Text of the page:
Girls held back by sexism in school, survey finds

Stereotypical subject choices and sexual harassment in the classroom are hampering girls' education, study suggests

Tes Reporter

Girls at secondary school

Girls in the modern-day UK feel unsafe in public, held back by sexism in school and that boys are treated better than they are, according to a new study.

Their opinions on issues like Brexit are not heard and overall they feel "fed up and frustrated" with empty messages of female empowerment, according to a Plan International UK survey of more than 1,000 girls and young women aged 14-21.

A total of 60 per cent of girls felt that males are treated better than females in the UK, and 57 per cent said they had been in a situation where they believe they would have got better treatment if they were a boy.

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Of the girls questioned, 72 per cent had spotted differences in the way females were treated in the media, while 41 per cent noticed a difference at school and 22 per cent said there were differences at home, the State of Girls' Rights in the UK 2020 report found.

Among the issues raised were feeling unsafe in public, hampered by stereotypical subject choices and sexual harassment in the classroom, believing that their opinions are not heard and an anxiety-inducing pressure to look a certain way.

Plan International UK's chief executive Rose Caldwell described it as "extremely saddening but not surprising" that girls still felt disempowered. And children’s charity the NSPCC said that "far too many" girls were being harassed and that work needed to start in primary schools to help society protect them from abuse.

Blackpool was named as the toughest place to be a girl in the UK based on a range of life quality factors including child poverty, life expectancy and those were were not in education, employment or training.

Liverpool, Nottingham and Kingston Upon Hull were also among the 10 lowest performing local authorities.

Orkney Islands, East Renfrewshire, Wokingham and Kingston-upon-Thames were among the top 10 performing local authorities for a girl to live in.

According to the poll, 72 per cent of girls said they had seen photos of themselves which made them feel bad about their looks. It took, on average, 10 photo attempts before young girls are happy to post a photo on social media.

The researchers noted: "From the images they see in the media to harmful comments at school, girls are feeling pressured to conform to unrealistic beauty and body standards. This is exacerbated by the exponential number of images girls are exposed to today - both online and offline."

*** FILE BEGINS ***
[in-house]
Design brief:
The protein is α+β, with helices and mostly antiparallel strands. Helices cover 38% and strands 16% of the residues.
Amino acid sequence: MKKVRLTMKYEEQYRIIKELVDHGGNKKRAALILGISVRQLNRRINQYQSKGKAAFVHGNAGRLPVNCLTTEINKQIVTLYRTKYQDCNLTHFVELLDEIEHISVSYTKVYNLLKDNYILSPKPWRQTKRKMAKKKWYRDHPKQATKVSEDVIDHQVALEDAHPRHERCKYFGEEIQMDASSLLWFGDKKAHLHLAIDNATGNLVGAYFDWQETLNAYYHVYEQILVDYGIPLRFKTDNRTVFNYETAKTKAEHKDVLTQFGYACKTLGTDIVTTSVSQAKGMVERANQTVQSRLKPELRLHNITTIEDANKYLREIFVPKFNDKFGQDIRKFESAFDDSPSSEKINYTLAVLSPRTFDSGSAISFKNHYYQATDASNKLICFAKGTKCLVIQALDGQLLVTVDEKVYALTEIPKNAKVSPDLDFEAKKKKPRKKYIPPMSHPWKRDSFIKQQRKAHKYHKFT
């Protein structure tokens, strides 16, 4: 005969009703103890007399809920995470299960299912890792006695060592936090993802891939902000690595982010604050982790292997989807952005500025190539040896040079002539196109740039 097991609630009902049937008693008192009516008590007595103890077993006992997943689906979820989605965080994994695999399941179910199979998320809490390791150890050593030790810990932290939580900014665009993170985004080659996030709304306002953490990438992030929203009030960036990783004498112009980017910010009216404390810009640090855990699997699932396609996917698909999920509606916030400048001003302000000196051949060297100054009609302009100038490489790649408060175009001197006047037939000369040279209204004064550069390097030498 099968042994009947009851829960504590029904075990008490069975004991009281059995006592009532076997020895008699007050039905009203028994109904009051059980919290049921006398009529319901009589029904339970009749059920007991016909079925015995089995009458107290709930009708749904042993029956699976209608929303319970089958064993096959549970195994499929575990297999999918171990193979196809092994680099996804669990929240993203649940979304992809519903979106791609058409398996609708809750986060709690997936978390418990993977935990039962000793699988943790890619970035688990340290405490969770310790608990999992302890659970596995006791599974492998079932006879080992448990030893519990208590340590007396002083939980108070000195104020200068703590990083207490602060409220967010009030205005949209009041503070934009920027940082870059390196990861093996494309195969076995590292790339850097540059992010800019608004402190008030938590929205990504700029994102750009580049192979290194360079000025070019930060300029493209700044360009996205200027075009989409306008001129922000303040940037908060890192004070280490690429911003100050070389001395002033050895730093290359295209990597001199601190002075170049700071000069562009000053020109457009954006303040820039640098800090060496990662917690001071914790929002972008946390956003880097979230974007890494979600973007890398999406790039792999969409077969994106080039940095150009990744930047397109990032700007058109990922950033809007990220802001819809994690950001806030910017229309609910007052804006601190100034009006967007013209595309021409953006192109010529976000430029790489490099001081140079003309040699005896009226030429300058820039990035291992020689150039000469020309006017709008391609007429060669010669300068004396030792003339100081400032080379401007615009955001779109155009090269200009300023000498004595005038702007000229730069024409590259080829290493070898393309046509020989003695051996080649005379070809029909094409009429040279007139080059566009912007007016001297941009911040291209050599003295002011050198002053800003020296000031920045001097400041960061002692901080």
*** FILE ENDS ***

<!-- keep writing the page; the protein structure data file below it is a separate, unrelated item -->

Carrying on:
Being severely affected by continual street harassment was a problem for many of the girls living in both urban and rural areas, according to the study.

Girls said they did not feel safe on their own as they made their way through the places they live and, and many tried to find ways to avoid being physically and verbally harassed.

The study found that stereotypical subject choices in schools are holding girls back from careers where women are under-represented. The girls experienced a "shockingly" high rate of sexual harassment, including rude images sent to their mobile telephones, from other pupils.

Girls also felt singled out and most likely to be affected by school policies on things like strict uniform rules or not being able to use the toilet during classes.

The girls said they did not get enough support in dealing with these issues.

Despite the rise of young female campaigners such as climate activist Greta Thunberg and Amika George, whose work focuses on period poverty, many girls said they were not being listened to.

They spoke of feeling unheard on issues like Brexit, being bullied for identifying as feminists, and are "worryingly put off politics" by the toxic abuse received by prominent female MPs, the study found.

Plan International UK is calling on the government to ensure girls are supported to report street harassment and also to invest in safe spaces for girls, especially in the most deprived areas. They also think teachers needed updated resources to help them deal with the modern-day needs of young girls.

Ms Caldwell said: "If adolescent girls are feeling undervalued, unheard and under-represented in public life, we as a society are letting them down. This simply cannot continue.

"The findings in this report should serve as a wake-up call for all politicians and leaders.

"Policies at both national and local level are currently not going far enough to tackle inequality, but introducing Gender Champions would make sure girls start to see real change at every level of decision-making."

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